Concerns Cambodia’s fight against HIV/AIDS undermined by funding cuts, government policy

Experts fear Cambodia’s well-earned reputation as a leader in the fight against HIV/AIDS could be undermined by government policy targeting the country’s high-risk groups.

Experts fear Cambodia’s well-earned reputation as a leader in the fight against HIV/AIDS could be undermined by government policy targeting the country’s high-risk groups.

Over the past 15 years, government action and large amounts of money from donors have seen the infection rate drop from 2 per cent in 1998 to an estimated 0.7 per cent today.

The bulk of the $50 million the country spent tackling HIV in 2012 has come from donors such as the Global Fund, the United States Government and the Australian Government.

All those millions have allowed the Cambodian Government to target high-risk groups, to put in place a well-regarded prevention program and to ensure those who need treatment receive it.

That has helped to cut the rate of HIV infection in the adult population to 0.7 per cent.

Cambodia did so well that it met its 2015 Millennium Development Goal of 1 per cent infection five years ahead of schedule.

Marie-Odile Emond, the UNAIDS country for Cambodia, says 83 per cent of the 76,000 HIV-positive Cambodians receive antiretroviral drugs, one of the highest rates of any low-income country.

In addition, HIV education is being introduced into the secondary school curriculum to teach the next generation of its dangers.

But with a low HIV prevalence, and just 1,000 infections a year in the 15 million-strong population, it’s becoming harder to find the newly infected.

So UNAIDS and others are retargeting their efforts to locate people who are slipping through the net.

They also need to do better reaching high-risk, marginalised groups such as sex workers, intravenous drug users, men who have sex with men, transgender people, prison inmates and migrants.
Cambodia’s HIV efforts at ‘a cross roads’

Two controversial pieces of legislation – A 2008 law to combat human trafficking and another to improve security in communes and villages – risk undermining HIV efforts.

The human trafficking law outlawed brothels and drove much sex work underground.

“And the impact of those laws has been really to lead a lot of those populations who are at risk for HIV – sex workers or drug users – to be afraid of being arrested and to then operate in a more hidden way,” Ms Emond said.

“Every day we hear issues of people not accessing services or being denied services or being really harassed or detained for a few days, abused also – and that’s a very serious concern from a public health perspective for the HIV epidemic, because this really could undermine the last steps that Cambodia needs to do to reach the elimination of new infection.”

Meanwhile, the Global Fund has effectively halved its funding to Cambodia.

Ms Emond hopes the Cambodian Government will increase the money it puts into combating HIV to compensate for cuts in donor funding.

All of this, she adds, means the country is “coming to a crossroads”.

The drop in funding has already hurt half of the 120 non-governmental organisations and civil society groups that belong to the umbrella group HIV/AIDS Coordinating Committee, or HACC.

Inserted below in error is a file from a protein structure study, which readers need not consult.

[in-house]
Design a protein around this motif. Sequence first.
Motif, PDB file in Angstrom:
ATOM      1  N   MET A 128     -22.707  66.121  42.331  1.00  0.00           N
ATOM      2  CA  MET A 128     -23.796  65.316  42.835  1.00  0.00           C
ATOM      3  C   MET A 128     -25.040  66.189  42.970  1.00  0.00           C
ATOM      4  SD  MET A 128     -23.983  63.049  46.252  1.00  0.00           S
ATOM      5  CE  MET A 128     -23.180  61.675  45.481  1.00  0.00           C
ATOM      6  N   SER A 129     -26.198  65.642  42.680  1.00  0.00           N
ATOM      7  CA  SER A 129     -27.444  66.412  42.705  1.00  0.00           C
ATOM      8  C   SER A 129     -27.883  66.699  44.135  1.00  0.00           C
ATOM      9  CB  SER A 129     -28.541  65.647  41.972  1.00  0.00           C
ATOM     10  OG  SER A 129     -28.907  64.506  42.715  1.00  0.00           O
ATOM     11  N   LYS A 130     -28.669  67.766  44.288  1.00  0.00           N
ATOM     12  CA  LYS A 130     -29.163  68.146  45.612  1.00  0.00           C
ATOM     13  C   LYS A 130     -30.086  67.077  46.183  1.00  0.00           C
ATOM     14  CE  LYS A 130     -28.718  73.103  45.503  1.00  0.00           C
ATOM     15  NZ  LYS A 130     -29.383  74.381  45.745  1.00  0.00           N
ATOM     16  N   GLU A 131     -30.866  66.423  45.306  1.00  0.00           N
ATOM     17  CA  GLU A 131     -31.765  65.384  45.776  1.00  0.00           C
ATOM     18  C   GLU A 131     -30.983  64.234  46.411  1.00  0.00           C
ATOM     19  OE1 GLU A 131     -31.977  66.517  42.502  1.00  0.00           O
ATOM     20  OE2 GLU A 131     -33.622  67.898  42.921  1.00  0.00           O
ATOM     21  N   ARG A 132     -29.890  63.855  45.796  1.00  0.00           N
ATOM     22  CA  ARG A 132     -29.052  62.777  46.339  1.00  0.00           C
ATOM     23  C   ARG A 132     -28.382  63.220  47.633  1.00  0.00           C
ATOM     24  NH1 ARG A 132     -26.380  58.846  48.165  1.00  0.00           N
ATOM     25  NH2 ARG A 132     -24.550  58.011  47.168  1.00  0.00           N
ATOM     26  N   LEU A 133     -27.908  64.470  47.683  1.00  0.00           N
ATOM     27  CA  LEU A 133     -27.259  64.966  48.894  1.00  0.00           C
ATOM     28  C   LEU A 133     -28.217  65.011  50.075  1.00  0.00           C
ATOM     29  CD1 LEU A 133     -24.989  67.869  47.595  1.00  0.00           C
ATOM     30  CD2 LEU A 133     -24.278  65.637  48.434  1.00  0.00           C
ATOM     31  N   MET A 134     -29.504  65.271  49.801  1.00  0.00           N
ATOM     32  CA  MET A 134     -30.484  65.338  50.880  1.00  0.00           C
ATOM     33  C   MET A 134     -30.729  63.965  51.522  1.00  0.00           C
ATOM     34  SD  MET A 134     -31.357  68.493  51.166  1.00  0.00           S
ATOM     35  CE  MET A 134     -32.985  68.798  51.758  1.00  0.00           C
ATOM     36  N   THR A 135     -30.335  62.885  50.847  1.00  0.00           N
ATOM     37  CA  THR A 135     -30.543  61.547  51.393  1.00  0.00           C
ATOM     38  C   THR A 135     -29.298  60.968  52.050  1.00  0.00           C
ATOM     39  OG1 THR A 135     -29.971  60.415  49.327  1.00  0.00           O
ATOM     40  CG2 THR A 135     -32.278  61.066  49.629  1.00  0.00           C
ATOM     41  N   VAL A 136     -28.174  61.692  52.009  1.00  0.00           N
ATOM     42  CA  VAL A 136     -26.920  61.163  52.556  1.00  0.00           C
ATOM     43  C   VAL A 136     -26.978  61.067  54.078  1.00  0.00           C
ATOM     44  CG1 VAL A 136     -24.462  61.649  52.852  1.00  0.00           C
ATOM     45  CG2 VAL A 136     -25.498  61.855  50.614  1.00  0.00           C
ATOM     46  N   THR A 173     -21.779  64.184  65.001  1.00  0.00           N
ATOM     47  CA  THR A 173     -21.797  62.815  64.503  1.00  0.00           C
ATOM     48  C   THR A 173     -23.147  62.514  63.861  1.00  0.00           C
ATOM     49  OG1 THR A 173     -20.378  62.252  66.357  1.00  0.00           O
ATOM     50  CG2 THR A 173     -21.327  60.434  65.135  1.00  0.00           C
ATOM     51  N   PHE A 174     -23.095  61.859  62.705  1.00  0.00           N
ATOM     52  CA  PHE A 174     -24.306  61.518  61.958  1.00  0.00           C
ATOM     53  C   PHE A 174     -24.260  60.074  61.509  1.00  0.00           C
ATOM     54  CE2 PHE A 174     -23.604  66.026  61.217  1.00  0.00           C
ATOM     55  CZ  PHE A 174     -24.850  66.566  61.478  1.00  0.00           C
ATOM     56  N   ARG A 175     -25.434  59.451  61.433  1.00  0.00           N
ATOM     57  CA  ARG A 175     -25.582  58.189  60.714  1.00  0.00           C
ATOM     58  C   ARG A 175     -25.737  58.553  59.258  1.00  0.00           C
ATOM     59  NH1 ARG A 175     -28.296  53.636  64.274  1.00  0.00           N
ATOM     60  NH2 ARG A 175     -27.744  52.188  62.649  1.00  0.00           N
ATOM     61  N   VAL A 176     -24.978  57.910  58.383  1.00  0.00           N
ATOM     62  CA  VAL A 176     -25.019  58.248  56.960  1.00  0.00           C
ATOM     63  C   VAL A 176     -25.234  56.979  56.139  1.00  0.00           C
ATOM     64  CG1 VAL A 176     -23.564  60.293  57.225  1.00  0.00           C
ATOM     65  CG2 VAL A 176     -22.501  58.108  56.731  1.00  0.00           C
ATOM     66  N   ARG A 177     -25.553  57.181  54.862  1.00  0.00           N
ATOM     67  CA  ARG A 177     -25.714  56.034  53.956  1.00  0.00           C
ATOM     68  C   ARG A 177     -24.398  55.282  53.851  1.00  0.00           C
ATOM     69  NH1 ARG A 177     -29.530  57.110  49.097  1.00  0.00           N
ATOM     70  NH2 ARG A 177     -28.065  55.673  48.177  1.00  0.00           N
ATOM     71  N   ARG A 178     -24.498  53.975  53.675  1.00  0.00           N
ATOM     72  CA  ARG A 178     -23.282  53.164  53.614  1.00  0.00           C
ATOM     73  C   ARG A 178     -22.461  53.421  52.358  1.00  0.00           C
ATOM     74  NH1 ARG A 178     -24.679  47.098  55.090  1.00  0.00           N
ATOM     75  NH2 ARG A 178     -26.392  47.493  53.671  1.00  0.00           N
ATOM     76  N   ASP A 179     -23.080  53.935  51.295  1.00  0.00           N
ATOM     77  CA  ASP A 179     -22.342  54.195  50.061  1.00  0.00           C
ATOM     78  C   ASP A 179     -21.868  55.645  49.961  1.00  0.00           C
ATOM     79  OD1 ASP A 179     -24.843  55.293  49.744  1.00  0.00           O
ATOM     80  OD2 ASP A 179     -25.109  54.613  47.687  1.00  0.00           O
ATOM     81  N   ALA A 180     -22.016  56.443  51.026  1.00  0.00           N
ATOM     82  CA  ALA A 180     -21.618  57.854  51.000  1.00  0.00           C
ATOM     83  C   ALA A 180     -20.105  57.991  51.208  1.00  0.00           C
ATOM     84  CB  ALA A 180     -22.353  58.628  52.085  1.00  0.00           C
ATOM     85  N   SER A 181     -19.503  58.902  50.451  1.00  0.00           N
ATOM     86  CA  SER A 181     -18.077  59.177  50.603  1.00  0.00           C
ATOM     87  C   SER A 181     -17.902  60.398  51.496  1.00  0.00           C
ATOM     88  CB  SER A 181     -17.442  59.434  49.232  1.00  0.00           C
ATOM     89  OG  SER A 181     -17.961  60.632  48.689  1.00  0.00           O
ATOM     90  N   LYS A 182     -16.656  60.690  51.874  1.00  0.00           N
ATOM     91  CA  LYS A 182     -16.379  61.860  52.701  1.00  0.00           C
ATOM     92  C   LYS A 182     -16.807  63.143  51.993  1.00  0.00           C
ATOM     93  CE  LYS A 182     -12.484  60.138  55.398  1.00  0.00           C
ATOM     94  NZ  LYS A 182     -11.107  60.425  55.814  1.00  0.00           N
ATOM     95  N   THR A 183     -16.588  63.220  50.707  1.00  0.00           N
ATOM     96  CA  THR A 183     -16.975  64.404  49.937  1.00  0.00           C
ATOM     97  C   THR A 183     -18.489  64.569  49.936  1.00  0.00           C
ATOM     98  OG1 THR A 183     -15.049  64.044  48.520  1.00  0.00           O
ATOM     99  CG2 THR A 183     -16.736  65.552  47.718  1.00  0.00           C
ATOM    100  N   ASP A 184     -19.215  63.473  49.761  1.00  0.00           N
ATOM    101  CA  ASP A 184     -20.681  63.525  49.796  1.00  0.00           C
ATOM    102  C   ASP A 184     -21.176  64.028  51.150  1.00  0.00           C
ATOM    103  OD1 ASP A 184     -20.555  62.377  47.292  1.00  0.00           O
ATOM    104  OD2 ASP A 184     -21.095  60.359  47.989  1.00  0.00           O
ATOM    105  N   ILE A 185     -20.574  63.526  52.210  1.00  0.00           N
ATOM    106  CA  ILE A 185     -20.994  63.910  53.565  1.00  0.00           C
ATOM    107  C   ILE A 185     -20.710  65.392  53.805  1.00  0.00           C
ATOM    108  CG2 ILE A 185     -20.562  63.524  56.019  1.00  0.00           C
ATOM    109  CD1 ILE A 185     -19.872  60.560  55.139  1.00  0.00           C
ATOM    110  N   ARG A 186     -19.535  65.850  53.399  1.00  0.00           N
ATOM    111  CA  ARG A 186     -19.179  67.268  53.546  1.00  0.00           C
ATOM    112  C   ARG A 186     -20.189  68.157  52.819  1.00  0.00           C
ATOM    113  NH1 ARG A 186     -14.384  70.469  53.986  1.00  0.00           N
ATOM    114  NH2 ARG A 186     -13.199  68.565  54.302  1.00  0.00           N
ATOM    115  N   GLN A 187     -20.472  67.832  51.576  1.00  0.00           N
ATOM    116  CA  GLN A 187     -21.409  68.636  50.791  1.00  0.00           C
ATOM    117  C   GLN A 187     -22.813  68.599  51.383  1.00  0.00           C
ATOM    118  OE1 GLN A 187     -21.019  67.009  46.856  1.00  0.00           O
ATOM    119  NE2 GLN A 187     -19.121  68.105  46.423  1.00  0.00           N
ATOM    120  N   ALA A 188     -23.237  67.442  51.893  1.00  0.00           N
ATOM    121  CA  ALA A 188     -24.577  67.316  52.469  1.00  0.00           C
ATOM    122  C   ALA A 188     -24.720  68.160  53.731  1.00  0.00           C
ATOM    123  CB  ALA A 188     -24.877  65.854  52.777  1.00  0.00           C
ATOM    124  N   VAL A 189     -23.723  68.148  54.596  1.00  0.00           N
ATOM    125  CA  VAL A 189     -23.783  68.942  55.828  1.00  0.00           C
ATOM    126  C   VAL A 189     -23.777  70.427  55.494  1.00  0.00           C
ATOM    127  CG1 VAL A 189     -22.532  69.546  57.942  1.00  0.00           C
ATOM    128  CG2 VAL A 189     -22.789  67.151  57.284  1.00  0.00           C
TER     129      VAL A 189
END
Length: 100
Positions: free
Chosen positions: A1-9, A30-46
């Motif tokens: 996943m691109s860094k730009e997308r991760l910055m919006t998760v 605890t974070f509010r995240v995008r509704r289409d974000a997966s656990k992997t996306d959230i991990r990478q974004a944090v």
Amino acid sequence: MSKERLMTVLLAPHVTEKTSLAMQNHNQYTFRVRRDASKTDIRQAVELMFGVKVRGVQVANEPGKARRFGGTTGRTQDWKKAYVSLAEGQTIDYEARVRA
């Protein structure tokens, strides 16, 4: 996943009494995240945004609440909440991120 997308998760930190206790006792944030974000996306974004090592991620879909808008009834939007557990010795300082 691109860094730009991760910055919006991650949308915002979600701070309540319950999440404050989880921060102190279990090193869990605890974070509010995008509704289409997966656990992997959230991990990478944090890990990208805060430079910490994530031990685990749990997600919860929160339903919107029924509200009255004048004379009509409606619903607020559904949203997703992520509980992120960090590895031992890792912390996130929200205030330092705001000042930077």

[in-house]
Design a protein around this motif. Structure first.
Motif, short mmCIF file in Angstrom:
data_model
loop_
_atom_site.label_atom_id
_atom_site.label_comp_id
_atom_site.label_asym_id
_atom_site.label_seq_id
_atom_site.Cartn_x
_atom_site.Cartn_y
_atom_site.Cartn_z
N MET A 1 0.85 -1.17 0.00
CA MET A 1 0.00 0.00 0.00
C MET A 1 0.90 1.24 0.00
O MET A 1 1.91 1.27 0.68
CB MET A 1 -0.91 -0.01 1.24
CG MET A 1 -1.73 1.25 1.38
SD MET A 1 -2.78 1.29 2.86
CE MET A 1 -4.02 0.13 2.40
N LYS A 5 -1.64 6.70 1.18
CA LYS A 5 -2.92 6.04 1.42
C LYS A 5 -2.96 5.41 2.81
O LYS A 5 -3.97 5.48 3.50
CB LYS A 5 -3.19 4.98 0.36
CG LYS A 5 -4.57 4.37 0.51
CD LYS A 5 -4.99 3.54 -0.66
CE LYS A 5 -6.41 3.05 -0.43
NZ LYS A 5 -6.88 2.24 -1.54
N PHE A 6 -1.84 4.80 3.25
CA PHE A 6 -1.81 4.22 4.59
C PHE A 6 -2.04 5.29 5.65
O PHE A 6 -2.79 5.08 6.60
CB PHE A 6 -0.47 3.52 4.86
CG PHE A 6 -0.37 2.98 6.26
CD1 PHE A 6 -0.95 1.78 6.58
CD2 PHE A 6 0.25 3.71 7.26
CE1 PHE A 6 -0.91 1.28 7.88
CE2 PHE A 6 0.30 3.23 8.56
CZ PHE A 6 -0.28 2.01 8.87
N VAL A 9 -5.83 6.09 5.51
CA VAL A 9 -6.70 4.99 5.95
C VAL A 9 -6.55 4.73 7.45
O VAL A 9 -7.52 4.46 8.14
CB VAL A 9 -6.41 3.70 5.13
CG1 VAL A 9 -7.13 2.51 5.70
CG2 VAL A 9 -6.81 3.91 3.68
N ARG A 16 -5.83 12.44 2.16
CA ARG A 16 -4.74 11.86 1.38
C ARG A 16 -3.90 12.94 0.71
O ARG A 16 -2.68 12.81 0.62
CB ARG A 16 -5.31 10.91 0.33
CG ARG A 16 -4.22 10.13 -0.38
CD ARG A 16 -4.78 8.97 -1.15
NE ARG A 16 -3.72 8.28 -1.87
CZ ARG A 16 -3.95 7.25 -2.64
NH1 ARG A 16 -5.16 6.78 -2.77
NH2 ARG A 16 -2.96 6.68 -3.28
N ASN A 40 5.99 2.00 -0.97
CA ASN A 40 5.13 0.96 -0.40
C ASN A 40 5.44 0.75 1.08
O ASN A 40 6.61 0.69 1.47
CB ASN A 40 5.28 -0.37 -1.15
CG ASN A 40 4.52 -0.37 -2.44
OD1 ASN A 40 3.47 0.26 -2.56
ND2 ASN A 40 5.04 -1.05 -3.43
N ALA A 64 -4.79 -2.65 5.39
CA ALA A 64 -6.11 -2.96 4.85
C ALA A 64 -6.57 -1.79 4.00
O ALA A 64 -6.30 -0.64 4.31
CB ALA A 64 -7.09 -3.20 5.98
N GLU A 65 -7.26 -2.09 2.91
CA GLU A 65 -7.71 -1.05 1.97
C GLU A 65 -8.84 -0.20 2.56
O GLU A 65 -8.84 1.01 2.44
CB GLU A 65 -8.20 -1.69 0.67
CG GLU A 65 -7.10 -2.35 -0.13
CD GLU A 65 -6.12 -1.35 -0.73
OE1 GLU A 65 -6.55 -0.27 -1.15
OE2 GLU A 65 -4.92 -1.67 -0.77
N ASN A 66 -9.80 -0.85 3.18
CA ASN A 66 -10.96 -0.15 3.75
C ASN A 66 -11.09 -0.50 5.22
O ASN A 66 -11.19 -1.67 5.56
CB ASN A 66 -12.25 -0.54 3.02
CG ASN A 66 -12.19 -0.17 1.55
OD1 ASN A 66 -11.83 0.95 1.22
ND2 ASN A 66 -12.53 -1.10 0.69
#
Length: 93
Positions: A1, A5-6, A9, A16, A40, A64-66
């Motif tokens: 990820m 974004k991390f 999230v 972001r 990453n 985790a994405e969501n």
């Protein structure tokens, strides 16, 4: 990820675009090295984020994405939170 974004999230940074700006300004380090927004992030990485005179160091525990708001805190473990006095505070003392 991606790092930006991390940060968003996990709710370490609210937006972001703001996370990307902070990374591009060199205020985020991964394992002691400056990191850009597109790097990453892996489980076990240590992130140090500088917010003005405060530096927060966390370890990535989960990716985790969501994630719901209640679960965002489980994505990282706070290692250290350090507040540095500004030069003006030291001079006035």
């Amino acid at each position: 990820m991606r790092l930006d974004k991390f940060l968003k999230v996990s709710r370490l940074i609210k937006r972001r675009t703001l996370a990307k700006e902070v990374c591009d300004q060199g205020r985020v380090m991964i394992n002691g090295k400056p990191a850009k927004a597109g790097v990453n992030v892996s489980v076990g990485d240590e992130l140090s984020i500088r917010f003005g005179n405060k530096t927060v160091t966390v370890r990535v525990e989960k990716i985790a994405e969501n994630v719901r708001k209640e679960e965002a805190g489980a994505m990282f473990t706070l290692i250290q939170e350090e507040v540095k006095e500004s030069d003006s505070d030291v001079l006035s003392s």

That has affected programs and outreach work from at-risk groups, such as sex workers, of whom around 14 per cent are HIV-positive.

HACC says mother-to-child transmission remains a problem too, with prevalence at around 8 per cent.

The NGO network says these pockets of high prevalence must be addressed, but that effort won’t be helped if, for instance – as happened most recently in June – Cambodia’s courts allow the presence of condoms as evidence of prostitution.

Not surprisingly, some owners of beer gardens and karaoke bars won’t allow condoms on their premises for fear they will be accused of operating a brothel.

Low-cost invention key to winning HIV fight

Dr Mean Chhivun is the person tasked with combating HIV and AIDS, which he does from the offices of the National Centre for HIV/AIDS, Dermatology and STDs, known as NCHADS.

Dr Chhivun has run NCHADS, which is part of the Ministry of Health, since 1998.

Although he wouldn’t be drawn into criticising the actions of other government departments, Dr Chhivun admits that reaching key groups was easier prior to the passage of the anti-trafficking law.

Despite the challenges, Dr Chhivun is confident that the structure of the program he has helped build will help.

NCHADS and its partners already work with groups representing the most marginalised, such as sex workers, and it has undertaken other low-cost steps too.

A year ago, it introduced finger-prick testing for HIV. That now reaches 40 per cent of those in the highest risk groups, he says, and should reach 90 per cent within a year.

“So based on the experience we have in the past 15 years, based on the lessons we learned to fight against HIV and to provide better care to people who are living with HIV and AIDS, we set up a very ambitious goal to eliminate new HIV infection by 2020.”

Dr Chhivun says the funding cuts simply mean doing more with less.

“We have to identify the low-cost intervention but with high impact or good result. This is very important because we use our capacity that already built in the past 15 years to maintain our effort and also to maintain the coverage – this is the main challenge that we are facing in the future for the financial gap.”

As Cambodia works toward its ambitious goal of zero HIV infections by 2020, it will have to do a better job reaching out to marginalised groups.

But logic dictates it will be harder for the Ministry of Health to succeed unless the police and the courts stop targeting high-risk groups for prosecution and abuse.